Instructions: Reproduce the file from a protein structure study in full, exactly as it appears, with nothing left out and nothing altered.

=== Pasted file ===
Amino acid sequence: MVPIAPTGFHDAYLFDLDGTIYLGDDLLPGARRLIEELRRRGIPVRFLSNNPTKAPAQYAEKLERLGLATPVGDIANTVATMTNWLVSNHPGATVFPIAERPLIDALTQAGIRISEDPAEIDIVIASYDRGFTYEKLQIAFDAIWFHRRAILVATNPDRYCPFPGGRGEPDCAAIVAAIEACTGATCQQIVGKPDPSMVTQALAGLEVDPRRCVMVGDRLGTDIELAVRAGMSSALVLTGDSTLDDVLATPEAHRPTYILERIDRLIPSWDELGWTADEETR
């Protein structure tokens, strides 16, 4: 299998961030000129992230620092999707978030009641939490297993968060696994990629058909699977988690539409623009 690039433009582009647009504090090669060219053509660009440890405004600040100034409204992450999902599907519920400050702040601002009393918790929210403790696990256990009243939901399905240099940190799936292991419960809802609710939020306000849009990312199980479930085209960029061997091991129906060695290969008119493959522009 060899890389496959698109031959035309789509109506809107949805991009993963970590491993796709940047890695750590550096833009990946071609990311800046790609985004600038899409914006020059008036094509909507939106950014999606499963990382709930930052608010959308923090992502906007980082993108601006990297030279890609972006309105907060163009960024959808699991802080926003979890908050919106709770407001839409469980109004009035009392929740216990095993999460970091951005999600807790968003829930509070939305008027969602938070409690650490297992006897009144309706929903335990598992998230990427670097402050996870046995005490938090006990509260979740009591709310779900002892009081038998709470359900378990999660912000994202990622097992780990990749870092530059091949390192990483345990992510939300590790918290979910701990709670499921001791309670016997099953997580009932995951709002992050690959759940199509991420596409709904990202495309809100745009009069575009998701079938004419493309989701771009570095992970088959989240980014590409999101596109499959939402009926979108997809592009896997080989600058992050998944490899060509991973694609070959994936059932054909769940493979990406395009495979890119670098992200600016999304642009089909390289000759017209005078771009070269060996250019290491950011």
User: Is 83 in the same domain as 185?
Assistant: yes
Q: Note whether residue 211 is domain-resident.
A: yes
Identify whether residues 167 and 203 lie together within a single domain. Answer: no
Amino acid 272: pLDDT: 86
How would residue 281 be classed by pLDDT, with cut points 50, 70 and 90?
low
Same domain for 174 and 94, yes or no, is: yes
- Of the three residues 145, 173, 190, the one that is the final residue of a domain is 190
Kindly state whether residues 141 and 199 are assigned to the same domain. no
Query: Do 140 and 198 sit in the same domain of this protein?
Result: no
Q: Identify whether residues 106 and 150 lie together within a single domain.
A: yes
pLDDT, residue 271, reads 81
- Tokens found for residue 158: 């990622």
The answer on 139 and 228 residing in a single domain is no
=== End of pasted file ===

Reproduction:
Amino acid sequence: MVPIAPTGFHDAYLFDLDGTIYLGDDLLPGARRLIEELRRRGIPVRFLSNNPTKAPAQYAEKLERLGLATPVGDIANTVATMTNWLVSNHPGATVFPIAERPLIDALTQAGIRISEDPAEIDIVIASYDRGFTYEKLQIAFDAIWFHRRAILVATNPDRYCPFPGGRGEPDCAAIVAAIEACTGATCQQIVGKPDPSMVTQALAGLEVDPRRCVMVGDRLGTDIELAVRAGMSSALVLTGDSTLDDVLATPEAHRPTYILERIDRLIPSWDELGWTADEETR
């Protein structure tokens, strides 16, 4: 299998961030000129992230620092999707978030009641939490297993968060696994990629058909699977988690539409623009 690039433009582009647009504090090669060219053509660009440890405004600040100034409204992450999902599907519920400050702040601002009393918790929210403790696990256990009243939901399905240099940190799936292991419960809802609710939020306000849009990312199980479930085209960029061997091991129906060695290969008119493959522009 060899890389496959698109031959035309789509109506809107949805991009993963970590491993796709940047890695750590550096833009990946071609990311800046790609985004600038899409914006020059008036094509909507939106950014999606499963990382709930930052608010959308923090992502906007980082993108601006990297030279890609972006309105907060163009960024959808699991802080926003979890908050919106709770407001839409469980109004009035009392929740216990095993999460970091951005999600807790968003829930509070939305008027969602938070409690650490297992006897009144309706929903335990598992998230990427670097402050996870046995005490938090006990509260979740009591709310779900002892009081038998709470359900378990999660912000994202990622097992780990990749870092530059091949390192990483345990992510939300590790918290979910701990709670499921001791309670016997099953997580009932995951709002992050690959759940199509991420596409709904990202495309809100745009009069575009998701079938004419493309989701771009570095992970088959989240980014590409999101596109499959939402009926979108997809592009896997080989600058992050998944490899060509991973694609070959994936059932054909769940493979990406395009495979890119670098992200600016999304642009089909390289000759017209005078771009070269060996250019290491950011």
User: Is 83 in the same domain as 185?
Assistant: yes
Q: Note whether residue 211 is domain-resident.
A: yes
Identify whether residues 167 and 203 lie together within a single domain. Answer: no
Amino acid 272: pLDDT: 86
How would residue 281 be classed by pLDDT, with cut points 50, 70 and 90?
low
Same domain for 174 and 94, yes or no, is: yes
- Of the three residues 145, 173, 190, the one that is the final residue of a domain is 190
Kindly state whether residues 141 and 199 are assigned to the same domain. no
Query: Do 140 and 198 sit in the same domain of this protein?
Result: no
Q: Identify whether residues 106 and 150 lie together within a single domain.
A: yes
pLDDT, residue 271, reads 81
- Tokens found for residue 158: 């990622």
The answer on 139 and 228 residing in a single domain is no